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Boeke | Books > Boekartikels | Articles on books > English

Women writing for women during Women’s Month I

Andie Miller - 2011-08-11

Untitled Document

Statistics show that women and children (especially female children) in South Africa endure more abuse of human rights than any other individuals in this country. Despite the lofty maxims of our Constitution proclaiming equal rights for women, giving them respect and allowing them to be as safe as their male counterparts seems like a far-off dream to many women in this country. Have we really come so far from the 1800s when philosophers like Jean Jacques Rousseau declared that a woman should never for a moment “feel herself independent, that she should be governed by fear to exercise her natural cunning and be made a coquettish slave in order to render her a more alluring object of desire, a sweeter companion to man, whenever he chooses to relax himself”? There have been huge strides forward for women, but the South African statistics for child and women abuse alone make me believe that we still have a very long way to go. So during this month, when women are considered more than at any other time of the year, I asked a number of South African women to share their aspirations for their peers.
– Janet van Eeden

Karen Jennings, writer and editor

If you look back at the history of National Women’s Day, at what drove 20 000 women to march against the pass laws in 1956, it is impossible not to be impressed by their strength – the strength of their conviction, and the strength of their determination to stand up and say: This is wrong, you are wrong. While we no longer live under a system corrupted by racial segregation, we are faced daily with a society driven by inequality and injustice. What I wish for the women of South Africa is the strength and conviction to come together and to stand up in front of a political and economic system that has all but forgotten the poor – to stand up and say: This is wrong, you are wrong.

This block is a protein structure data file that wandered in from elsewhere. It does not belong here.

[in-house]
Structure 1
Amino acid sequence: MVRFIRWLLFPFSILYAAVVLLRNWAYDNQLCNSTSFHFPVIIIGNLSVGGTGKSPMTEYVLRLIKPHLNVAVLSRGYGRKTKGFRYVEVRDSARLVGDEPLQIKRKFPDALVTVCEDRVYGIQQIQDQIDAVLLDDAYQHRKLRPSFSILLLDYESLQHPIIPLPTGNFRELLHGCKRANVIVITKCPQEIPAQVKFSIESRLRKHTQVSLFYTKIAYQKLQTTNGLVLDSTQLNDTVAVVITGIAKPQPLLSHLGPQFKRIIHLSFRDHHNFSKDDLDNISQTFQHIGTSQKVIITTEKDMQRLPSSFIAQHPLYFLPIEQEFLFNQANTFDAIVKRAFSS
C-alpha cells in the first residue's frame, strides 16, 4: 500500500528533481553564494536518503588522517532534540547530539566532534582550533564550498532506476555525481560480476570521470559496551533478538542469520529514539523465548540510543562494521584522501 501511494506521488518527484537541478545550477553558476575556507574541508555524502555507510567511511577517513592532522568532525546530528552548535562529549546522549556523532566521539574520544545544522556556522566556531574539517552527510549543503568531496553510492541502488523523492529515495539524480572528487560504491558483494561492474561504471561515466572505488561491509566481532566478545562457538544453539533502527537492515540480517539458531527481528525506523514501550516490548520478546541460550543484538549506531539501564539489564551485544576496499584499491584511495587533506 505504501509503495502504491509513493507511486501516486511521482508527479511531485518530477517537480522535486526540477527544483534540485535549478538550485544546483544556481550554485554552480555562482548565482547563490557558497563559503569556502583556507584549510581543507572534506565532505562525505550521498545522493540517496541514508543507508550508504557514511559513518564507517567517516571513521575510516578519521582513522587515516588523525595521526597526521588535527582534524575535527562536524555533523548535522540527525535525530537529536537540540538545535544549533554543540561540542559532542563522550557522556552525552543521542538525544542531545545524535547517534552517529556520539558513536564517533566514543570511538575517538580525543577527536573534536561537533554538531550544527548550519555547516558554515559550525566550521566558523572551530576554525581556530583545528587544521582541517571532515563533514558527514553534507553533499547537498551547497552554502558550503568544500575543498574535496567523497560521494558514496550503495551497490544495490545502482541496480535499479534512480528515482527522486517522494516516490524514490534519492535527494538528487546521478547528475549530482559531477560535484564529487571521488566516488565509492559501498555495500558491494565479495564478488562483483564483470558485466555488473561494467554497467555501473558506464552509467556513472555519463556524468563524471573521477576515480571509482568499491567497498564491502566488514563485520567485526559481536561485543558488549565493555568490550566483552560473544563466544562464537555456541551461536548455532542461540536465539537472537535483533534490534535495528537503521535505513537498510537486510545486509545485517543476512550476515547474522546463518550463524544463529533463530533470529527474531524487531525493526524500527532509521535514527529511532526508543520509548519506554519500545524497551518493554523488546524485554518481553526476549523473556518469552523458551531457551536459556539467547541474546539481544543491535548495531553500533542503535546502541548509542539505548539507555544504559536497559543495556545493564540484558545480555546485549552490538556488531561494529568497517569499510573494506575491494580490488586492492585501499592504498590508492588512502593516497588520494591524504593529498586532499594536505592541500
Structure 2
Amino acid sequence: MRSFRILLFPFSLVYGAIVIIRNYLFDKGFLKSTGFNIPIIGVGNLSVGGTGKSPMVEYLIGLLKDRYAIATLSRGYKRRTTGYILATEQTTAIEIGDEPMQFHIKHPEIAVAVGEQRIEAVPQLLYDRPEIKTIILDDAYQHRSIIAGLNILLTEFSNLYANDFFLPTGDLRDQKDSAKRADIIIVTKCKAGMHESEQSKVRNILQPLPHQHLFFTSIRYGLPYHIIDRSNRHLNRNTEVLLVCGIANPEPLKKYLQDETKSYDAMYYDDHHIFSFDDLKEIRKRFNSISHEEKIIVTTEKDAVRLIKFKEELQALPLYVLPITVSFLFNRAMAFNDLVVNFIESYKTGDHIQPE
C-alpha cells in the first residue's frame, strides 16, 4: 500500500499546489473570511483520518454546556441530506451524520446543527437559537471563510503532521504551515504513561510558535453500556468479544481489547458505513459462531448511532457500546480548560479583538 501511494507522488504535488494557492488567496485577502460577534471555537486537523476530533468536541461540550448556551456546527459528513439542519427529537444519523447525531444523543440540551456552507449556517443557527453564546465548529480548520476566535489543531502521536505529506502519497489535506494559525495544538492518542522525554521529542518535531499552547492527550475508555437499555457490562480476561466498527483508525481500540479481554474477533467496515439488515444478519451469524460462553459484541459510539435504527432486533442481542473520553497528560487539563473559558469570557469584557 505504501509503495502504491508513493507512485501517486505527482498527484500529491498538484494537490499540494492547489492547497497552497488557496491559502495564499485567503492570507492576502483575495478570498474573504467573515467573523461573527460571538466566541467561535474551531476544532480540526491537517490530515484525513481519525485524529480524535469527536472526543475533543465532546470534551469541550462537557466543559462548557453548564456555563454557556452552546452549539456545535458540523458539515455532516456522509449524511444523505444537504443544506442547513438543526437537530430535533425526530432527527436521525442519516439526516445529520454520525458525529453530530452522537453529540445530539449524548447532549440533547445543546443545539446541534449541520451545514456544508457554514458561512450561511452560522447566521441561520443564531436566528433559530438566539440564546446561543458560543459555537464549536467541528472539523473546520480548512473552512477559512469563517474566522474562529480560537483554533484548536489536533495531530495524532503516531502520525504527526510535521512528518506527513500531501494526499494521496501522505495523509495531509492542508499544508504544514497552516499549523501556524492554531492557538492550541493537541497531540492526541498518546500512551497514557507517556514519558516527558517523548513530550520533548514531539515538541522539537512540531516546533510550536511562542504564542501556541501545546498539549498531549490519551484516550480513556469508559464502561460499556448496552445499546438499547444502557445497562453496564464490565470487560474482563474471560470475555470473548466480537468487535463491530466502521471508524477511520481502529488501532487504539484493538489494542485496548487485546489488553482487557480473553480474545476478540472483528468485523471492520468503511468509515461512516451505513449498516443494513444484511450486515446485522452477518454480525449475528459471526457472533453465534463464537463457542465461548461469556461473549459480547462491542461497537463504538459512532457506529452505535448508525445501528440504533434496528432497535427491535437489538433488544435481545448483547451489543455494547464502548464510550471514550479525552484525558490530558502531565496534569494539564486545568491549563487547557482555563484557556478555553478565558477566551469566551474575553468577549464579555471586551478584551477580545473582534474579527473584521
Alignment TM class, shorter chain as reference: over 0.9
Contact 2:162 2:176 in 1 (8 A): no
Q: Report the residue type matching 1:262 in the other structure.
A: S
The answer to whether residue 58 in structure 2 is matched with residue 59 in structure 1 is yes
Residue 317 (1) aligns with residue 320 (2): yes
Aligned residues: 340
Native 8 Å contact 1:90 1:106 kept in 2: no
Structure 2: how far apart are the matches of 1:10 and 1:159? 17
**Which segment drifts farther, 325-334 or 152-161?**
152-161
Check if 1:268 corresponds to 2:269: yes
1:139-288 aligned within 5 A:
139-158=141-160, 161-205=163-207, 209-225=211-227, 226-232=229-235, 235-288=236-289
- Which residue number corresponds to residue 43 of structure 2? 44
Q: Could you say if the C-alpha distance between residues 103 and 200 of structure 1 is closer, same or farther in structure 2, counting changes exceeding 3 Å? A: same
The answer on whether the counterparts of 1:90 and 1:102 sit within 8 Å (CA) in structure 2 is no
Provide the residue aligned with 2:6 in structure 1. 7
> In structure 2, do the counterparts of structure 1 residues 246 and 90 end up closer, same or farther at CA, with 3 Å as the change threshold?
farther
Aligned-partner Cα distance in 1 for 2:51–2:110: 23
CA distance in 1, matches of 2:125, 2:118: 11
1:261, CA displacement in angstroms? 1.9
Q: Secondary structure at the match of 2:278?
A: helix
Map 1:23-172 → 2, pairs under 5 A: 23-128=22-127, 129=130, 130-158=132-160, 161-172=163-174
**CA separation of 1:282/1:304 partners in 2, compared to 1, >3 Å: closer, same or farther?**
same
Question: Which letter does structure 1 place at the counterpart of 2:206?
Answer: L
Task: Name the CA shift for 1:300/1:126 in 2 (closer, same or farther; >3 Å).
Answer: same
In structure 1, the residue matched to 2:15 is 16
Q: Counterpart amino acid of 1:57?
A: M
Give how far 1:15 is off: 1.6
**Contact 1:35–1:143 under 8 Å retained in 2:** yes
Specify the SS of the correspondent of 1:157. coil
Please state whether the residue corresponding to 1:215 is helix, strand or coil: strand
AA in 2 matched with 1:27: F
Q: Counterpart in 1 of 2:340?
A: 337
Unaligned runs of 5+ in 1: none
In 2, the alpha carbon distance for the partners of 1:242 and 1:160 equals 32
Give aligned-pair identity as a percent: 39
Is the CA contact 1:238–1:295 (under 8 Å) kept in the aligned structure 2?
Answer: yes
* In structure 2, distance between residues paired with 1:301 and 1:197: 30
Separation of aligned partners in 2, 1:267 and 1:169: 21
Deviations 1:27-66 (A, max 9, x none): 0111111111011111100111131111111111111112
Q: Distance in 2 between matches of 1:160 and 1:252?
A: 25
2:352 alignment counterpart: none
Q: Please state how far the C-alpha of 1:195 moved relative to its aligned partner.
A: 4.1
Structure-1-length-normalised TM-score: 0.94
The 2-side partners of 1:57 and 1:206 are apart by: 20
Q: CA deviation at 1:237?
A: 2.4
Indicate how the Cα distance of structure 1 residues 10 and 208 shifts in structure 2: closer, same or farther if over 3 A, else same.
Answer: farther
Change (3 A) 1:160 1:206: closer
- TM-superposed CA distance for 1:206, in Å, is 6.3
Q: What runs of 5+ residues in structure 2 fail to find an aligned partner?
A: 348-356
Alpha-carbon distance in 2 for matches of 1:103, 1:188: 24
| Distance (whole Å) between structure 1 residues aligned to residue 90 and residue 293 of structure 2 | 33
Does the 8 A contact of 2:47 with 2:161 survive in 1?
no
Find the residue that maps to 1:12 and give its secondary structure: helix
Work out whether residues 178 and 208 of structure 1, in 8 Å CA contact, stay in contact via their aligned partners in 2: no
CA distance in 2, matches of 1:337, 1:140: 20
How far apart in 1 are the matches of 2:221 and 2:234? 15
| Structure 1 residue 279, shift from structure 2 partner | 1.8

Sarah Frost, editor and poet

I would like for South African women to be able to trust their voices and use them, and to be listened to respectfully.

Karen Lazar, English educator and teacher trainer

My wish for all women, but especially women with disabilities, is that they become visible to society in all their fullness as workers and professionals, as mothers and daughters, as sexual partners (since disabled women are often desexualised in the eyes of the world).

Isabella Morris, mother and writer

My hope is that women in South Africa will support their sisters who continue to mother for a second and third time as their children and grandchildren continue to die of HIV/Aids.

Andie Miller, author of Slow Motion: stories about walking

I look forward to the day when women can walk freely and safely in the streets. Preferably after dark as well, though right now I would settle for daylight hours; alone, anywhere, no matter what her sexual preference.

Judy Croome, author, visionary and metaphysical women's fiction

In this month of celebrating the power of women, my hope for the women of South Africa is that we come to recognise that to reach our full potential as both individuals and women we need to learn that the only power worth having is not power over others, but the inner power which springs from the ability to feel compassion for others, despite our own wounds and fears.

Gillian Schutte, award-winning independent filmmaker, writer and social justice activist